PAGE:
The Wonders of my Ancestral Land

Travelled by Greyhound to Toronto early on Wednesday morning. It was a beautiful day and the ride was leisurely. My reason for going to the “Big Smoke” was to speak about my poetry book Broad Winged Hawk at York University where a group of students will be promoting sales for it. Met some nice people at York U and got re-acquainted with some old friends, writers I have great respect for. All went well in T.O.

What I write about below are the thoughts and feelings I experienced after the coach I was riding on began the Highway 7 phase of the trip back home.

It’s 3:20 p.m. Thursday and I find myself again on a Greyhound. This one taking me back to dear ol’ Ottawa. As the coach climbs and descends hills, negotiates curves, and overtakes or follows slower traffic on the highway, I pass my time staring out of the tinted windows of the bus onto the majestic beauty of my ancestral homeland. Along the roadside I see shallow ponds, surrounded by large round, moss laden boulders. There are many wetlands, all of them pre-historic looking and full of wonder, and occasionally a lake of striking character appears, with beaver cabins and abandoned osprey nests on her shores. Special too, are the natural forest clearings lined by giant pines whose old limbs stretch further into the east than they do in all other directions, reminding all that the refreshment of a new dawn will give birth to tools and medicines empowered to completely conquer the traumas experienced today, however great they are. I see on the rolling hills white birch trees interspersed among the cedars and pines and poplars. Being a bird hunter from way back, I am aware the rooster partridge is there drumming or dancing to impress the partridge hens. My mouth waters just at the thought of the rich flavours of partridge soup making contact with my taste buds.

Riding the Greyhound with me are about forty other passengers. They are of varying races and cultures. But regardless of where they came from on this planet, and regardless of the amount of time they have lived here, none of them are having the thoughts about the scenery the bus is leaving in its wake that are like mine. When I look at the land, I see something greater than its beauty. I see a place of medicine and healing. I see a sanctuary filled with wisdom and teachings. I see a place of mystery, life and wonder. My heart drums in harmony with the song of the land. My spirit rattles and calls to the spirits of the forest, a cry of blessings for all things living there.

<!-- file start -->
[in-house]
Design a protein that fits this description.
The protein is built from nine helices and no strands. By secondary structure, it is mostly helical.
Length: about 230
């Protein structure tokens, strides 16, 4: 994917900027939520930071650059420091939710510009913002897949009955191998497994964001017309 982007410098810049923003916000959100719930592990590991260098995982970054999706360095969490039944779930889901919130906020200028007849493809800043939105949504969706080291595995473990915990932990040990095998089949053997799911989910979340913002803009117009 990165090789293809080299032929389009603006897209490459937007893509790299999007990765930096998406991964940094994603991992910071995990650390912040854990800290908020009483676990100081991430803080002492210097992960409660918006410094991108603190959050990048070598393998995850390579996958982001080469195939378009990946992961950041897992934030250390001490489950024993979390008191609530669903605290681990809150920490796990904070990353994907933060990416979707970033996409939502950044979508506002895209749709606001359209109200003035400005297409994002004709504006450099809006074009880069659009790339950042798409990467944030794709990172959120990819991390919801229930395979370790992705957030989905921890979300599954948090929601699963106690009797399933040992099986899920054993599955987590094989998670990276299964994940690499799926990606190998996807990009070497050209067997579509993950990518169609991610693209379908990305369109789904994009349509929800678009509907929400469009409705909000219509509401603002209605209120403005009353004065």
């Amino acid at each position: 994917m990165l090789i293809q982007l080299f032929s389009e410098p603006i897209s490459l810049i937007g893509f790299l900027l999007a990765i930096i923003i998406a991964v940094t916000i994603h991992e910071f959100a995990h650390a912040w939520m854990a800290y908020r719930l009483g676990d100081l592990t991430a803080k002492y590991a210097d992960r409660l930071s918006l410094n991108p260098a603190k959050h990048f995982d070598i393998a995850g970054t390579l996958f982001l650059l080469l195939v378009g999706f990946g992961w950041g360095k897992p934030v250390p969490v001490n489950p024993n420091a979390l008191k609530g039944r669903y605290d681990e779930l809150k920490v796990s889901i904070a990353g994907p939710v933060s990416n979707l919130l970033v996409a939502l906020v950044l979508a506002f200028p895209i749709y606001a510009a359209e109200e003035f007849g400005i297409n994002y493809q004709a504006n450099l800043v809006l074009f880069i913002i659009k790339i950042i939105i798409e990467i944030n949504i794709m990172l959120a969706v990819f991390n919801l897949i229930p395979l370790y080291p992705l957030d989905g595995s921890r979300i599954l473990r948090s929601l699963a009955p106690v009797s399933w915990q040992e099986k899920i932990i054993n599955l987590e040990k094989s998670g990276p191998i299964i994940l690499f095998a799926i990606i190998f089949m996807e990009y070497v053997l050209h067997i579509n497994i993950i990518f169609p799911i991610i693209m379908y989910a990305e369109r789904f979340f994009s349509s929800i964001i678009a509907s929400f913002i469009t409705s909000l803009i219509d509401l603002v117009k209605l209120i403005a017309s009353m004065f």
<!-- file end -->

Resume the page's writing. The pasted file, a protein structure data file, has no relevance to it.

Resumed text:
Where I sit on the coach, I see seven people in close proximity of my seat, busy tapping their thumbs into the face of a square shaped gismo. Some are plugged in. The bus moves forward, a large hawk in a field climbs the sky. But the eyes of the people are cast downward. Their thumbs don’t miss a beat. As the hawk is nimble with his wings, likewise are these young folks with their fingers. The “bold new world” promised to the young people is taking hold and is at the same time, robbing them of their natural connection to the land. What a terrible shame.

And so, on this Thanksgiving weekend, we offer a prayer of acknowledgement and honour for all those things alive on the land, which, if they did not exist, then neither would we. We ask You, Creator, to bless the land with health and vigour. We ask for pureness in the winds we breathe and in our waterways which provide sustenance for our bodies. We are thankful, too, for the health and wellness of our children, grandchildren and all of our relatives and all of our relations. We ask that our feasting will be enjoyed by all who take part of it. We ask these things of You, Creator, with great humility in our hearts. Migwech.

Do not pity me
Do not shed precious tears
But let your voice rise above a whisper
And tell the citizens
That the song of life which is theirs
Was a song I could never learn

I longed to hear my own song
Where was it
Where was the council fire

I wandered and searched
But never found my purpose
Where was the feast
Where was the honour
The drumbeat had disappeared
Even the wind did not exist

O city fathers and mothers
Gather from the sidewalks my experiences
Tell your sons and daughters
That these are memories
Of a street dweller
Who was taken away by eagles
To soar at last among the stars

(excerpt from “Do Not Pity Me”, Broad Winged Hawk)

Keep the Circle Strong,
Albert “South Wind” Dumont.

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